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MG MGB GT V8 Factory Originals Technical - Need help indentifying block
|After reading in the arcives and consulting How To Give Your MGB V-8 Power, I still can't figure out what year or compression this Buick 215 is. It came with a four barrel intake. Can anyone help? Stamped on block : I114467 Thanks, Dana|
|The first thing you need to find out is if you have a Buick or Oldsmobile block. The Buick block has what looks like a cast boss for the cylinder head bolts, but is undrilled and tapped. Buick and Rover heads will fit on either block, but Olds heads only fit the Olds block. I believe these blocks are the same for both years with the exception that the Olds has one more bolt hole.|
The Buick takes a dished piston that gives you a 9:1 compression on the standard engine, which usually is a 2 barrel carb. The Olds engine has flat top pistons, and the compression is higher, about 12;1 I think) you can put the Olds piston into the Buick block and get an 11:1 compression. The Buick engine also came in some Pontiac Tempests. The Buick has a semi-hemispherical combustion chamber, while the Olds is more of a wedge design. Intake and exhaust manifolds will fit either one. There are at least two castings for the Buick head, and I believe that the chamber volume is what controls compression. The higher compression ia around 12:1.
The Olds four barrel engine has a compression ratio of about 12;1 (Which I think would be a little too much these days unless you were very careful about the grade of gas you used) . There are slight differences in the intake manifolds between the Buick and Olds, but they are interchangable and both take the Rochester carb. (predecesor to the Quadrajet) I'm not certain, but I think the bolt pattern on this manifold is the same as the Weber-Edelbrock carb.
If you have a four barrel manifold, I would guess you have the higher compression ratio, if you indeed have a Buick. Look at your heads. If the area over the cylinder is cast such that the chamber depression covers the entire area, they are probably the lower compression heads. The higher compression head usually show just the pocket where the valve are located as part of the casting.
If this is all too confusing, let me know and I'll pull some of the shelf in the shop and email you some pictures.
|Phil, Thanks for all the info. The top of the pistons are flat except for 4 little cresent shaped areas. Looking at the heads, the area over the cylinder is not intirely depressed, maybe about 70%. There is some flat area there but not much. While I don't expect to use this block, I am most interested in the pistons. If they are high compression, I might try to use them in another engine.|
|The 200 hp four-barrel Buick was available only in ’63 in the Skylark whereas, the two-barrel Buick with about 155 hp was available for all three years of production in the Special.|
Where was your number stamped at on the block, that is the first indication on a complete motor as to buick or
olds or pontiac or rover. Case and point; the I indicates a 1962 Buick if the number is stamped on the left hand of the engine block in front of the valve cover. The book you referred to says that a original 4 barrel buick made 190hp with 11.0:1 compression.
|Can anyone tell me what this V-8 motor is and it's year please? I haven't found a casting reference table yet. |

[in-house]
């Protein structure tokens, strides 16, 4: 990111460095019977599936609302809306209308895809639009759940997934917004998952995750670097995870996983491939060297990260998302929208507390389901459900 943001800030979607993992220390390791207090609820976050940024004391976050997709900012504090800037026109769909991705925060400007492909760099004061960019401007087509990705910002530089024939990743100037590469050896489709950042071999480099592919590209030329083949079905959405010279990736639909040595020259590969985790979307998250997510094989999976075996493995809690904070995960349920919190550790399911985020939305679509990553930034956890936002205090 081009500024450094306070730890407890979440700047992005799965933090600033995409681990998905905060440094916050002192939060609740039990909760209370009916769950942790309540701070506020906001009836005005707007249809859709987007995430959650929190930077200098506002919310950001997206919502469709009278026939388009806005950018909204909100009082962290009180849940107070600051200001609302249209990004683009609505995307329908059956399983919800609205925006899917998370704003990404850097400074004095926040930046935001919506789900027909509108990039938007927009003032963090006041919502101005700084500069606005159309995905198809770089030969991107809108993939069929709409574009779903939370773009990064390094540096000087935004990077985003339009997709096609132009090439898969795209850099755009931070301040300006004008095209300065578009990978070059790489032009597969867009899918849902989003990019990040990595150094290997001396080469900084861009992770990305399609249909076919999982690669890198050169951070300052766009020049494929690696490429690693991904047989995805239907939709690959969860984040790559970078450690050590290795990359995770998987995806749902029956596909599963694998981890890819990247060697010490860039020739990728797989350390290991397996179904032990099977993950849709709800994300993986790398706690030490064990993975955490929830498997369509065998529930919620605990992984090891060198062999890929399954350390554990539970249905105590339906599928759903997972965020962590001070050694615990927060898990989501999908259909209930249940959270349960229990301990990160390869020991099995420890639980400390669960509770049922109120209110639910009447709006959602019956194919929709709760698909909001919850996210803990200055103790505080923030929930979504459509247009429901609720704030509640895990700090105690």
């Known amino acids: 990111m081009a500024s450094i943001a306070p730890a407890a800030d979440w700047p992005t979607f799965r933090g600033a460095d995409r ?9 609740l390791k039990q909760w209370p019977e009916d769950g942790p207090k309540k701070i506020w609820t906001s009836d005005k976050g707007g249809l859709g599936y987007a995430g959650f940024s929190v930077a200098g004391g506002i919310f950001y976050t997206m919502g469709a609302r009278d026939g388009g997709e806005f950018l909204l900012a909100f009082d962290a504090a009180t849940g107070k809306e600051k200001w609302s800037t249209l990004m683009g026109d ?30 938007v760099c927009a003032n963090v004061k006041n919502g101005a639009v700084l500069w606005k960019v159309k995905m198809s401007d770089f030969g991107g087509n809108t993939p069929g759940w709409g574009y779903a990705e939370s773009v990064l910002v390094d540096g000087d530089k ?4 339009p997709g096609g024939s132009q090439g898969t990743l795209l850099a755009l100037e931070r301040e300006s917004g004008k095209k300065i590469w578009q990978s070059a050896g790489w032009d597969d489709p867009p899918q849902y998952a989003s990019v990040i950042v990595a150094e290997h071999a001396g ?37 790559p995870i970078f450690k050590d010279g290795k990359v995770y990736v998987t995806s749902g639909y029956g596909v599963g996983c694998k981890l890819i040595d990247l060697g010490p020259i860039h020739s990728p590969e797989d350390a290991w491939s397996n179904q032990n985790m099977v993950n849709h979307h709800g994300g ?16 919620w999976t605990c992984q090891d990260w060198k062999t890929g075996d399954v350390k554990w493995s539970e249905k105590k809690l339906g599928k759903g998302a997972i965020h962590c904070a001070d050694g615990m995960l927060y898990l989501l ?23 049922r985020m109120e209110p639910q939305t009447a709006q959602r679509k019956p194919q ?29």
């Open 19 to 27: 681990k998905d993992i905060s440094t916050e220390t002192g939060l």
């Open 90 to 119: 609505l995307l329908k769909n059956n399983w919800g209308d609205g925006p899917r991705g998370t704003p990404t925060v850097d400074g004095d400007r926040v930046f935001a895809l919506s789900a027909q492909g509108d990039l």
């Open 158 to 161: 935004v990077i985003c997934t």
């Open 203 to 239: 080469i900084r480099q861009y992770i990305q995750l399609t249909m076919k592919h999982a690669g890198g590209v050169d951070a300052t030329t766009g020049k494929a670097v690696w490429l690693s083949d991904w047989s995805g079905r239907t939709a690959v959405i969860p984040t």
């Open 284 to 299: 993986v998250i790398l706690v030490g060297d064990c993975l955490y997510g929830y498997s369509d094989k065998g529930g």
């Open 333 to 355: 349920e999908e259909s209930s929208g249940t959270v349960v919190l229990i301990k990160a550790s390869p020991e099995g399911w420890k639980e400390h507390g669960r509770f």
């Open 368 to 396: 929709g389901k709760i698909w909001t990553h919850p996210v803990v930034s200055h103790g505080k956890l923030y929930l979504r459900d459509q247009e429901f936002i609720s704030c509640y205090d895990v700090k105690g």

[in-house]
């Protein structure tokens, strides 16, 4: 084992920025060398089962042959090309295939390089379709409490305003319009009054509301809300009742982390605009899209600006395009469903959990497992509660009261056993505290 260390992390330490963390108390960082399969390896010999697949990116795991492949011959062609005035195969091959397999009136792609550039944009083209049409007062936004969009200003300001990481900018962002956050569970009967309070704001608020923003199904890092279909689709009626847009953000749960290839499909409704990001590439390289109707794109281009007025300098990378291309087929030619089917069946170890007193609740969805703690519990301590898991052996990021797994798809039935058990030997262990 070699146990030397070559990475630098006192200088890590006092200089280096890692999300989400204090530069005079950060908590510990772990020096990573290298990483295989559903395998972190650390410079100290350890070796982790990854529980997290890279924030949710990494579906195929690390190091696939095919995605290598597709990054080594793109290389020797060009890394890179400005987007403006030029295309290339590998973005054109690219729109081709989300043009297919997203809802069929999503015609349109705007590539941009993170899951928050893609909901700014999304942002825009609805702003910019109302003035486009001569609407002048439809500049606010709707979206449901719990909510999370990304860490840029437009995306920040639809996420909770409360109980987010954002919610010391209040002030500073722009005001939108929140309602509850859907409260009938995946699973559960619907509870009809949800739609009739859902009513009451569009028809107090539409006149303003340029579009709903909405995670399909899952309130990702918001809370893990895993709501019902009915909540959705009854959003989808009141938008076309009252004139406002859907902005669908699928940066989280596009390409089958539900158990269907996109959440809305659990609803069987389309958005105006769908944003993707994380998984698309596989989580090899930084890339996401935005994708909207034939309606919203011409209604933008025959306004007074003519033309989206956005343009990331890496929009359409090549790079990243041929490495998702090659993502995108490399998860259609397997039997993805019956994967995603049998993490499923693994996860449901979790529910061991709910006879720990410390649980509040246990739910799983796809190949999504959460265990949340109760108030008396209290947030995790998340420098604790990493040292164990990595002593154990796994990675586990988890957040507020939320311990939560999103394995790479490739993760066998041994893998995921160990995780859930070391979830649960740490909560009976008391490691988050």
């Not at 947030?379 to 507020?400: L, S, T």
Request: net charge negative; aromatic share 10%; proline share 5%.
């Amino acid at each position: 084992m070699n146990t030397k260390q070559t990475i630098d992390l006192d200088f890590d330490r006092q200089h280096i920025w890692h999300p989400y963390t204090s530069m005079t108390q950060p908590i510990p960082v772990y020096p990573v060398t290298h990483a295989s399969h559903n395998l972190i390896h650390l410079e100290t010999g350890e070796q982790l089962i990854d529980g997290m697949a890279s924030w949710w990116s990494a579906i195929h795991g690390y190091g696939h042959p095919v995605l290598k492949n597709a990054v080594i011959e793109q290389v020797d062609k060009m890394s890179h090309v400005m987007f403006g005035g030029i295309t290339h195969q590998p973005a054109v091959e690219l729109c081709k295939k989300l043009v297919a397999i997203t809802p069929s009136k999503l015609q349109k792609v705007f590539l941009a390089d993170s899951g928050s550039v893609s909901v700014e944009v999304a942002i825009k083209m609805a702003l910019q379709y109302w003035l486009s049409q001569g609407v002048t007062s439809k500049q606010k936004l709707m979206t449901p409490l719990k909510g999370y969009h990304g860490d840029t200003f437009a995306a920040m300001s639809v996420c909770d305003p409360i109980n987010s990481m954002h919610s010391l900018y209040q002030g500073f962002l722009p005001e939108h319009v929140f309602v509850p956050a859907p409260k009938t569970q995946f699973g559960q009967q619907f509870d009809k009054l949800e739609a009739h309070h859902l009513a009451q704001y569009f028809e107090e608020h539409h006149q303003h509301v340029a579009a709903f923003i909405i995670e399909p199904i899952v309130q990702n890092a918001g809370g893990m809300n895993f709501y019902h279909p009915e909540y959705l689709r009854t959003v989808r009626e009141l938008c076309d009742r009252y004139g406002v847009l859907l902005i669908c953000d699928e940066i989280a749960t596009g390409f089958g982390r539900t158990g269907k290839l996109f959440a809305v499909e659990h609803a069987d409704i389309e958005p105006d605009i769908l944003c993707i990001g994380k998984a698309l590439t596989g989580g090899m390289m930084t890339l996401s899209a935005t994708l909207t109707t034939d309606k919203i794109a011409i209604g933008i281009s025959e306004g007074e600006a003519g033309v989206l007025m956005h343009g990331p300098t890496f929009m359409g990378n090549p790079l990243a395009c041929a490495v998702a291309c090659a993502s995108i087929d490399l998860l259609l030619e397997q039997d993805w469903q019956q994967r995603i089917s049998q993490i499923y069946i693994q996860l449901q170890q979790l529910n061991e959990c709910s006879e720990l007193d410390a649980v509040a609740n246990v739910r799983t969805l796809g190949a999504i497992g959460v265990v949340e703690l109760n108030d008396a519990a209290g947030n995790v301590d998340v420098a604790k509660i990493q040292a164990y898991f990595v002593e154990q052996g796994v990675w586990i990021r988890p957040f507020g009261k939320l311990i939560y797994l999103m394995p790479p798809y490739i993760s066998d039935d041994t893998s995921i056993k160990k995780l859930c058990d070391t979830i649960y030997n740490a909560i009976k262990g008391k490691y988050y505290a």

Stamped on the right hand deck-face of the block, just in front of the cylinder head are 2 numbers:
the first reads "HI4289I" in a neat and tidy looking script and the second number, upside down and adjacent to the first number reads reads "OH250718" in a rougher looking and slightly larger script.
The induction manifold is a 4 barrel.
|Anthony, Phil, and Dana:|
This is what my experience has left me with the engine I.D. between the Buick and the Olds. The easiest way of 'eyeballing' the difference is looking at the rocker covers, the Buick has flatter covers on top, with only 4 bolts to fix them to the head (same as Rover). The Olds uses 5 bolts, and the tops of the rocker covers are parallel to the head mounting surface, or at an angle sloped towards the exhaust side. If you want to unbutton the engine, Phil is dead on, the Olds uses 6 bolts per cylinder (one of which holds the rockers assembly down) Buick uses only 5. Buick 300 heads and later Rover 4.0L + use only 4.
On the Olds engine it is the head that determines the compression ratio, not the piston, so there are two different head castings (worth noting) Buick used different pistons. Phil is again correct with compression ratings. The '63 Jetfire Olds turbo engine actually had 11 to 1+ compression ratio, and only ran about 4-6 psi of boost with a special 50/50
"turbo jet fluid" mix of alcohol and water.
I hated the Rochester carb on my '62 Skylark, replaced it with a Carter AFB. Count the air horns on the Rochester....
Prefixes: (Buick only sorry)
1961: H (155 hp)
1962: I (155 hp) 2 barrel
HI (185 hp) 4 barrel
1963: JM (155hp) 2 barrel
JN (200 hp) 4 barrel
I deal in Buick stuff, not Olds so hope this info helps
C in Sacto.
**NBA: see Webber stay, see Weber go to Orlando..**
|O.K. More info on my block. The numbers, I114467, are stamped on the right (passenger side, U.S.) front of the block. The rocker covers are not slanted, they have 5 bolt holes and the cylinders have 6 bolt holes around them. I guess this means I have a Pontiac engine or, pieces of one. Assuming the 4 barrel intake that can with it is the correct one for this engine, will it bolt up to a 1980 SD1 block?|
|When I stated that the rocker covers are not slanted, I mean off the heads, sitting on a bench they are not slanted but would be slanted mounted on the engine.|
This thread was discussed between 24/06/2001 and 01/07/2001
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